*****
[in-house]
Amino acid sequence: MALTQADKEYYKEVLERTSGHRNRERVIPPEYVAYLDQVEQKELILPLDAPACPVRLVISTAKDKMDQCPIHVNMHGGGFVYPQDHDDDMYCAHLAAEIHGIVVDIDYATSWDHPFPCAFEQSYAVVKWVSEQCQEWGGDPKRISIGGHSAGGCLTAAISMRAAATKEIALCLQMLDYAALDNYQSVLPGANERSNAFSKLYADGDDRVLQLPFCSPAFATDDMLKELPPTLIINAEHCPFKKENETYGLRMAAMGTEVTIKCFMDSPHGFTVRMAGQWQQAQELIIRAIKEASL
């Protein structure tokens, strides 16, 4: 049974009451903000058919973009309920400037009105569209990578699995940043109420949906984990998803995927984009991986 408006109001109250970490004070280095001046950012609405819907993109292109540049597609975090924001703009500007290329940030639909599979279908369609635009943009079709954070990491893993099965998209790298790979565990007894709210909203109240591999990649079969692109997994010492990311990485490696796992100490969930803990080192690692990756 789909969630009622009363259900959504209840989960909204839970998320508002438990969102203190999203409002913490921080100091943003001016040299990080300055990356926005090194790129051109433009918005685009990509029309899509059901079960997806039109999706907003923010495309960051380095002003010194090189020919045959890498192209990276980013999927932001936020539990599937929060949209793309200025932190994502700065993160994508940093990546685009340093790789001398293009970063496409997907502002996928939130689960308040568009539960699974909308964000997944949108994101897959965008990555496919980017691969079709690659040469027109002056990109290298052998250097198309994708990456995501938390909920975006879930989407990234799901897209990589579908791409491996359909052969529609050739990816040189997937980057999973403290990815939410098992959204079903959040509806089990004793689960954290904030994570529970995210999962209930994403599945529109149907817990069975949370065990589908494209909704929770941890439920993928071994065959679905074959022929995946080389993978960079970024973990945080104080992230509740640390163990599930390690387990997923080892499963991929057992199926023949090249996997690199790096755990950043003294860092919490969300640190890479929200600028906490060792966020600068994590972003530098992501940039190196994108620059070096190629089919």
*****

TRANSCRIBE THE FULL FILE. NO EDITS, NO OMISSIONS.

[in-house]
Amino acid sequence: MALTQADKEYYKEVLERTSGHRNRERVIPPEYVAYLDQVEQKELILPLDAPACPVRLVISTAKDKMDQCPIHVNMHGGGFVYPQDHDDDMYCAHLAAEIHGIVVDIDYATSWDHPFPCAFEQSYAVVKWVSEQCQEWGGDPKRISIGGHSAGGCLTAAISMRAAATKEIALCLQMLDYAALDNYQSVLPGANERSNAFSKLYADGDDRVLQLPFCSPAFATDDMLKELPPTLIINAEHCPFKKENETYGLRMAAMGTEVTIKCFMDSPHGFTVRMAGQWQQAQELIIRAIKEASL
């Protein structure tokens, strides 16, 4: 049974009451903000058919973009309920400037009105569209990578699995940043109420949906984990998803995927984009991986 408006109001109250970490004070280095001046950012609405819907993109292109540049597609975090924001703009500007290329940030639909599979279908369609635009943009079709954070990491893993099965998209790298790979565990007894709210909203109240591999990649079969692109997994010492990311990485490696796992100490969930803990080192690692990756 789909969630009622009363259900959504209840989960909204839970998320508002438990969102203190999203409002913490921080100091943003001016040299990080300055990356926005090194790129051109433009918005685009990509029309899509059901079960997806039109999706907003923010495309960051380095002003010194090189020919045959890498192209990276980013999927932001936020539990599937929060949209793309200025932190994502700065993160994508940093990546685009340093790789001398293009970063496409997907502002996928939130689960308040568009539960699974909308964000997944949108994101897959965008990555496919980017691969079709690659040469027109002056990109290298052998250097198309994708990456995501938390909920975006879930989407990234799901897209990589579908791409491996359909052969529609050739990816040189997937980057999973403290990815939410098992959204079903959040509806089990004793689960954290904030994570529970995210999962209930994403599945529109149907817990069975949370065990589908494209909704929770941890439920993928071994065959679905074959022929995946080389993978960079970024973990945080104080992230509740640390163990599930390690387990997923080892499963991929057992199926023949090249996997690199790096755990950043003294860092919490969300640190890479929200600028906490060792966020600068994590972003530098992501940039190196994108620059070096190629089919």